6

I'm a big beginner in R and am very confused as to how ggplot is using variable "x" when creating normal curves.

My situation is this. I'm trying to plot normal curves given specific means and standard deviations and in the absence of data the most common way I've seen to do this is as follows:

score = 1800
m = 1500
std = 300

ggplot(data.frame(x = c(300, 2700)), aes(x = x)) + stat_function(fun = 
     dnorm, args = list(mean = m, sd = std)) + scale_x_continuous(name 
     = "Score", breaks = seq(300, 2700, std))

I wanted to shade a specific area of the curve so using the Internet I created a function as follows:

funcShaded <- function(x) {
    y = dnorm(x, mean = m, sd = std)
    y[x < score] <- NA
    return(y)
}

And then added a layer to my curve with p + stat_function(fun = funcShaded, geom="area", fill="#84CA72", alpha=.2)

This works to create the graph I desire. However, I have 2 questions about this. First, when I break the code down

data.frame(x = c(300, 2700))

creates a two item dataframe as you would expect so how is this capable to being used to create x-axis values and, further, to be passed to the function to be used appropriately (read. as if it were a list of values)?

Second, I now want to re-use this function later to fill in other area under the curve based on a different score (e.g. score2 = 1630) and was thinking I could just add another variable to funcShaded to pass score (i.e. funcShaded <- function(x, score)) and then call my stat_function as follows: p + stat_function(fun = funcShaded(x, score2), ...) but:

  1. I'm not sure this syntax will work
  2. It seems like the x variable is never explicitly "created" with this code because it doesn't show up in my Environment and when I try this code I get Error: object 'x' not found

So I guess I'm just curious as to how 'x' is working in this situation and if I should be creating it differently given what I want to do.

10

The function passed to stat_function must be uncalled (unless it returns another function; an adverb like purrr::partial or the like is another approach here), because stat_function needs to pass it a vector of x values.

You've already done with dnorm what you need to do with funcShaded: pass additional fixed parameters through args:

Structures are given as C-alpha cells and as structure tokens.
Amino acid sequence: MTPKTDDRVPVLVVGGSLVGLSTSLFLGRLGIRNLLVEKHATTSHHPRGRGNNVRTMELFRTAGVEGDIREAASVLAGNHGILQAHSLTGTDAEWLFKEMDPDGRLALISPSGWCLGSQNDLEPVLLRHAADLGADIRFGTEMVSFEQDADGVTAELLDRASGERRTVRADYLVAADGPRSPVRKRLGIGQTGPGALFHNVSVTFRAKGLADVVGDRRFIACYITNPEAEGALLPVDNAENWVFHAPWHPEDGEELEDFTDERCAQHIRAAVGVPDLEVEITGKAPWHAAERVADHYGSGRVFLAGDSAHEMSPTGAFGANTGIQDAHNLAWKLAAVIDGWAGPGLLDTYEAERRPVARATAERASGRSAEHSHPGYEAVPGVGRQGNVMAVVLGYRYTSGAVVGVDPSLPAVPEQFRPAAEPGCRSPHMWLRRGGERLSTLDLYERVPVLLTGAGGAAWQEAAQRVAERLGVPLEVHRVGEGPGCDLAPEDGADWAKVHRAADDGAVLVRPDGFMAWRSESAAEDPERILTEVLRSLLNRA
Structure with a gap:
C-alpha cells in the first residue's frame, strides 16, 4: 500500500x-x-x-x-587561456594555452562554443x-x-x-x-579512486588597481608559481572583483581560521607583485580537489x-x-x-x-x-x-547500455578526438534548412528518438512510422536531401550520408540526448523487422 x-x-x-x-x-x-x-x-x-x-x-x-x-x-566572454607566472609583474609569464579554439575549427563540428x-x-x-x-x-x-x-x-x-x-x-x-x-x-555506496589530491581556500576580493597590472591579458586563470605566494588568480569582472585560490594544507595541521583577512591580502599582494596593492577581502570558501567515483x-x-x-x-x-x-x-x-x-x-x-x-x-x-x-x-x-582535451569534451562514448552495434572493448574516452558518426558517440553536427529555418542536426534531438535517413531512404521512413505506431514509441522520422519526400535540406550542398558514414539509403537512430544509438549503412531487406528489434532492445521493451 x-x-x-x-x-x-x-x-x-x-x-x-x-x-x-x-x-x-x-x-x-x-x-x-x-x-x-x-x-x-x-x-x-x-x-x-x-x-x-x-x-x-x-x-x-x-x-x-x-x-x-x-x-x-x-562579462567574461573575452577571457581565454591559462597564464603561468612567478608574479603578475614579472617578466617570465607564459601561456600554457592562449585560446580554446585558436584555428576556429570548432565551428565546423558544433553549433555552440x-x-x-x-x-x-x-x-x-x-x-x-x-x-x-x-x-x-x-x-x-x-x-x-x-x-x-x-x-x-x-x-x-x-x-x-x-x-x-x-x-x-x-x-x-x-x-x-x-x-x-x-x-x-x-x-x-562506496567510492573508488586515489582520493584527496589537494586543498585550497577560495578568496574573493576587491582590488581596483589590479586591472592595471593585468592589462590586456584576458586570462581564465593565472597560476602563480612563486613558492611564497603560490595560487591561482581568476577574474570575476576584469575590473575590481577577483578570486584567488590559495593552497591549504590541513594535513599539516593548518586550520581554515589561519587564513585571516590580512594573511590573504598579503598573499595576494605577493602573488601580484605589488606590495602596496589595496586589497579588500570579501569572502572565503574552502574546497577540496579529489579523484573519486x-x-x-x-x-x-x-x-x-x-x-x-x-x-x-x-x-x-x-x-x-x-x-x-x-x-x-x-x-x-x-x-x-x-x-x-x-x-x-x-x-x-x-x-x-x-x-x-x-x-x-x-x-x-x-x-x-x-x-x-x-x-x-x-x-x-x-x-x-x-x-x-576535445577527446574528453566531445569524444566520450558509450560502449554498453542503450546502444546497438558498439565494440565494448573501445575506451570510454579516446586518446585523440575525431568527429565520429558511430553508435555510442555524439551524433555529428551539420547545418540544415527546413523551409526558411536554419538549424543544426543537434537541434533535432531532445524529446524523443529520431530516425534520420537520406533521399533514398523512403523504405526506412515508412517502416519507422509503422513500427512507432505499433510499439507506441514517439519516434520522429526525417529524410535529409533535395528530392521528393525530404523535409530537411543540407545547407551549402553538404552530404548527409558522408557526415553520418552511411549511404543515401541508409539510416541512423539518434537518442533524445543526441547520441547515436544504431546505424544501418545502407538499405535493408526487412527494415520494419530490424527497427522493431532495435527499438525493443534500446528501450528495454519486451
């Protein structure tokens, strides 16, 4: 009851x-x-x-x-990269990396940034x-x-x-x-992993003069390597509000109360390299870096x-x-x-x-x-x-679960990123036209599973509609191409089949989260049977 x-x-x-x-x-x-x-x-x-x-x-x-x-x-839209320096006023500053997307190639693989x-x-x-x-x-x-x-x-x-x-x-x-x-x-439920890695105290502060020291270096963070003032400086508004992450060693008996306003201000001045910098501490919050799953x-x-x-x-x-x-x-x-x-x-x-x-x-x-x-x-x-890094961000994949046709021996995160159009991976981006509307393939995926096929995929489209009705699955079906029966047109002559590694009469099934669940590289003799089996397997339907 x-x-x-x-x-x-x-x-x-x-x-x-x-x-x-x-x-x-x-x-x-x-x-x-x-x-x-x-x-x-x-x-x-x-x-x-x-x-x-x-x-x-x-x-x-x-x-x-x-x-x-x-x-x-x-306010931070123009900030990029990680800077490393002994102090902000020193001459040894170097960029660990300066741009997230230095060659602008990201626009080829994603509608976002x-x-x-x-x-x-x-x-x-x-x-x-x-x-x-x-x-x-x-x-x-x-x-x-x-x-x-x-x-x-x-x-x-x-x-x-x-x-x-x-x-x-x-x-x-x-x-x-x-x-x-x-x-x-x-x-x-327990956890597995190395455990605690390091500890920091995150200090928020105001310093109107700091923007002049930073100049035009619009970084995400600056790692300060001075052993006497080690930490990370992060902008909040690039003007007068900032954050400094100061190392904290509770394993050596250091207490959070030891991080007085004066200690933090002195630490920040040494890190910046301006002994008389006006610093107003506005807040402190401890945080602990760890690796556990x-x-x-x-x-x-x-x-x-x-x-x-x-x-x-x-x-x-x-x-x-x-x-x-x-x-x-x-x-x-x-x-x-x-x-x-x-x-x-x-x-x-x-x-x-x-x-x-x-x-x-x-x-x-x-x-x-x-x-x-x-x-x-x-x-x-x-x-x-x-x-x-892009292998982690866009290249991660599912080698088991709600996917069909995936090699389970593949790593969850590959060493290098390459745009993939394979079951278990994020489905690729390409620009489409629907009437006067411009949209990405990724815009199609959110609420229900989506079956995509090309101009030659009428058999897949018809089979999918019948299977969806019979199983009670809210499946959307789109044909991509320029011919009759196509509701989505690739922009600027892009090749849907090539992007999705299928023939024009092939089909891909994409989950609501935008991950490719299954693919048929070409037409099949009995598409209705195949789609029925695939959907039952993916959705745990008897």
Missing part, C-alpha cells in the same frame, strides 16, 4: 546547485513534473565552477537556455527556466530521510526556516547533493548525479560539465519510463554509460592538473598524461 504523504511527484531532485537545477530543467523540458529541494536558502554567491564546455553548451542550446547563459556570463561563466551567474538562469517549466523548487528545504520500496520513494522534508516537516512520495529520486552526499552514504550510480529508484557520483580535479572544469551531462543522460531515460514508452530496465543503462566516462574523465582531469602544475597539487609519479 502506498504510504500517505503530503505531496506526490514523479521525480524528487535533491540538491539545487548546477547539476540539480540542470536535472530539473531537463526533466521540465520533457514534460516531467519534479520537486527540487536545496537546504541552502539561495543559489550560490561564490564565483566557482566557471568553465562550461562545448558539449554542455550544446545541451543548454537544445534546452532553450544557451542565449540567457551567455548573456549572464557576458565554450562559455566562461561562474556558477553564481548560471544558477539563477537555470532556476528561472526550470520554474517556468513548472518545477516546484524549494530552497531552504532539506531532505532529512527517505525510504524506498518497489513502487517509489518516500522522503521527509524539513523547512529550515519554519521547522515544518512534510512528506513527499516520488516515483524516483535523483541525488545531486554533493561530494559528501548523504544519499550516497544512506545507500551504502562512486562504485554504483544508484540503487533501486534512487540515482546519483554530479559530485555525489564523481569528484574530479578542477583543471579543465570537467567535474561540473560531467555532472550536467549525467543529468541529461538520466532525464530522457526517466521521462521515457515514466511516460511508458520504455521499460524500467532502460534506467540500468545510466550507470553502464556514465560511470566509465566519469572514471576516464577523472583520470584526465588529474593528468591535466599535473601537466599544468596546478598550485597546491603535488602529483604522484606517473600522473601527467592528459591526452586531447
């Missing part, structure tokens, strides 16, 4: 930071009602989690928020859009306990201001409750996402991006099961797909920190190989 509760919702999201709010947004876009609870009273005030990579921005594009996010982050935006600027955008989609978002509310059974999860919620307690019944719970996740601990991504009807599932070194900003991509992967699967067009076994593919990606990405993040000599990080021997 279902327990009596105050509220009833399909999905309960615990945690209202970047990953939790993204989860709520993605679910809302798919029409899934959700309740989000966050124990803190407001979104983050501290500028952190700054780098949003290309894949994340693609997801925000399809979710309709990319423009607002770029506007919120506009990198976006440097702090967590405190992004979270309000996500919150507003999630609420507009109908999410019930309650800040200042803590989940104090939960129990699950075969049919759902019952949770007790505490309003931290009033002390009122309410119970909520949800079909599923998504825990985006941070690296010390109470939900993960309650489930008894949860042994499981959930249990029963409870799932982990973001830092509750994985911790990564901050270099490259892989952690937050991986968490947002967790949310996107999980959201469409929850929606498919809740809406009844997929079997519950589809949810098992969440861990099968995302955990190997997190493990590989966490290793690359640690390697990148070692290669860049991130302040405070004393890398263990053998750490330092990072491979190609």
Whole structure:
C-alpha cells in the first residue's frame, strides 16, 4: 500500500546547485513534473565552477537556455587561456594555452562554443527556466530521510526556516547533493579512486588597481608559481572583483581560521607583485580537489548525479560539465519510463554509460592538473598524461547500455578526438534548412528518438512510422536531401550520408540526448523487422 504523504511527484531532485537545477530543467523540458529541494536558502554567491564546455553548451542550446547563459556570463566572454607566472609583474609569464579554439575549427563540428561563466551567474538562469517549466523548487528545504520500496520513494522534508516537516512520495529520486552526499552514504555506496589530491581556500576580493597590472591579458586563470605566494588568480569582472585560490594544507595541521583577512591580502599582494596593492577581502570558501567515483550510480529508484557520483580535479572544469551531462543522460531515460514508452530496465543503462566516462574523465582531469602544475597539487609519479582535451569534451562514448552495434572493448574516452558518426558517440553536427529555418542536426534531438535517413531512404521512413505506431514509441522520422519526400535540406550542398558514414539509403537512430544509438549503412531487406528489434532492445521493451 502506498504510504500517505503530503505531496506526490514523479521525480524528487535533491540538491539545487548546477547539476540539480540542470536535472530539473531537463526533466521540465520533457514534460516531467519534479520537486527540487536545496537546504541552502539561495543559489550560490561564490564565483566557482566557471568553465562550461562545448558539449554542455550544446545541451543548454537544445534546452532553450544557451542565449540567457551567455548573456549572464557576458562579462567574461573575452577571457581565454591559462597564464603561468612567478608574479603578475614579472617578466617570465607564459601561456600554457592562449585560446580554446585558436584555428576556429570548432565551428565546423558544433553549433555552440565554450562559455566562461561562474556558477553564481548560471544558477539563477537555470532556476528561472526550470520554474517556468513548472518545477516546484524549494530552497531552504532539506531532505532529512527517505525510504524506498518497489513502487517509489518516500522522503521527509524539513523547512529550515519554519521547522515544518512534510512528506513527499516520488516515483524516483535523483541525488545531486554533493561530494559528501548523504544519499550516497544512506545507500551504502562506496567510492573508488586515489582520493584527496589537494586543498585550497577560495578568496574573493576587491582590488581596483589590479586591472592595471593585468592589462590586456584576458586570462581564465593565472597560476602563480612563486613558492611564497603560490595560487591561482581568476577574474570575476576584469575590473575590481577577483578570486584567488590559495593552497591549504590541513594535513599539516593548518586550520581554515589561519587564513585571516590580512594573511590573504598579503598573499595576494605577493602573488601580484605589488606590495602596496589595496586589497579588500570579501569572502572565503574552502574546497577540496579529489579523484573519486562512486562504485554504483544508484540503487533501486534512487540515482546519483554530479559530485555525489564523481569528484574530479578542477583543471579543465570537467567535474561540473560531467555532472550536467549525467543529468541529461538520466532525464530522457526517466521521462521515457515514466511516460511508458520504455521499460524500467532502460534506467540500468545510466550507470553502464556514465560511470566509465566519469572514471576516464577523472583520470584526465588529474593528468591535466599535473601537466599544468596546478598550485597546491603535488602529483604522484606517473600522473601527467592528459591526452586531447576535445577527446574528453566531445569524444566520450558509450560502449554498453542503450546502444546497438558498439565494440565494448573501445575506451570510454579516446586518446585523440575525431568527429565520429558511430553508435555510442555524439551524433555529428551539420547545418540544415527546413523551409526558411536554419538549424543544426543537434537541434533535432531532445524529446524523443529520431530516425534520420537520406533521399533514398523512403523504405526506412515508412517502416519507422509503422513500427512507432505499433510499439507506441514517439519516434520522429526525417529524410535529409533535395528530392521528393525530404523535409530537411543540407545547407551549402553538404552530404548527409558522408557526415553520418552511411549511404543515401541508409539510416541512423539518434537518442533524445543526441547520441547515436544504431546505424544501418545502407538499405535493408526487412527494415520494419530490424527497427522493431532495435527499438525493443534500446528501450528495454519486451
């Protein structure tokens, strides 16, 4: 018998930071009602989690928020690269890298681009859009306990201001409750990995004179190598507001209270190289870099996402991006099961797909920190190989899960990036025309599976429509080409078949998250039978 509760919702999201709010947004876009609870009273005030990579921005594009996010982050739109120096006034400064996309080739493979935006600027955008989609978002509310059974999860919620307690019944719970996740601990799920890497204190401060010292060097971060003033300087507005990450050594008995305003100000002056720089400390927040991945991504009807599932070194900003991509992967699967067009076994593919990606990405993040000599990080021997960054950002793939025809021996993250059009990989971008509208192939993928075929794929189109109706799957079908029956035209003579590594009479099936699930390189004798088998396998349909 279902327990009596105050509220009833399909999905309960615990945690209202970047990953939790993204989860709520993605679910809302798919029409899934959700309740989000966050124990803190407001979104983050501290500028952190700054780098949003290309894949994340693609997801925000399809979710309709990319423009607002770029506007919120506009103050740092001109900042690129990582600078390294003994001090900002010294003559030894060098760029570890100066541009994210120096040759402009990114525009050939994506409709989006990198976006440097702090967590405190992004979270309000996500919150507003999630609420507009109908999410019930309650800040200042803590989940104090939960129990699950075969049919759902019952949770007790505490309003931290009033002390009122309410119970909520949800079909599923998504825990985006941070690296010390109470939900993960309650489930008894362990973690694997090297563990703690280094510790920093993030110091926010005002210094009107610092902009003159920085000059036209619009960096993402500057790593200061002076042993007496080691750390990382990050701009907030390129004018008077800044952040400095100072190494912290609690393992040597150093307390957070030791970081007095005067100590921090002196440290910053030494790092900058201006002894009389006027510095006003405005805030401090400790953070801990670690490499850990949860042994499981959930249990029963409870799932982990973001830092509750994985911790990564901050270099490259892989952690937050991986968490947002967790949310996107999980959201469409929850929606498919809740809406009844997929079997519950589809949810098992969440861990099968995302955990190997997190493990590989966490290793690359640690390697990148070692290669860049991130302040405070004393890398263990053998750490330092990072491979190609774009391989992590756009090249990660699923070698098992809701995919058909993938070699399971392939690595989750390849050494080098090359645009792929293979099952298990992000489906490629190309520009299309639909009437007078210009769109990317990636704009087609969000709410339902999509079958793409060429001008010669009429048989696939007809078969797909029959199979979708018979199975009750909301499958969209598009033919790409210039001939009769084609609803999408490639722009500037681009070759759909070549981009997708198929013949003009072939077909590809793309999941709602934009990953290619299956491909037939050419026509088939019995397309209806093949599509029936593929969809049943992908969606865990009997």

library(ggplot2)

score = 1800
m = 1500
std = 300

funcShaded <- function(x, lower_bound) {
    y = dnorm(x, mean = m, sd = std)
    y[x < lower_bound] <- NA
    return(y)
}

ggplot(data.frame(x = c(300, 2700)), aes(x = x)) + 
    stat_function(fun = dnorm, args = list(mean = m, sd = std)) + 
    stat_function(fun = funcShaded, args = list(lower_bound = score), 
                  geom = "area", fill = "#84CA72", alpha = .2) +
    scale_x_continuous(name = "Score", breaks = seq(300, 2700, std))

Alternately, without writing your own function, you can do the same thing with stat_function's xlim parameter:

ggplot(data.frame(x = c(300, 2700)), aes(x = x)) + 
    stat_function(fun = dnorm, args = list(mean = m, sd = std)) + 
    stat_function(fun = dnorm, args = list(mean = m, sd = std), xlim = c(score, 2700),
                  geom = "area", fill = "#84CA72", alpha = .2) +
    scale_x_continuous(name = "Score", breaks = seq(300, 2700, std))

As for how stat_function uses the values passed into its x aesthetic, it uses them as limits between which to interpolate a grid of values, the number of which set by its n parameter, which defaults to 101. It's decidedly a different usage than most stats, but it's a very useful function.

  • This is very interesting! And not at all what I'm used to. Is the interpolated 'x' something that exists just for the duration of the line call and then goes away? Originally I set my first ggplot call to a variable p and I can see p$data has the x dataframe in it but still no interpolated x that I can see. Thank you further for the explanation. It was very helpful! – chainhomelow Feb 12 '18 at 20:53
  • If you look in the docs, it has two computed variables, x and y, that can be accessed so you can do things like ggplot(data.frame(x = c(-3, 3))) + stat_function(aes(x, -..y..), fun = dnorm). Using computed variables can get decidedly finicky, though. – alistaire Feb 12 '18 at 21:19

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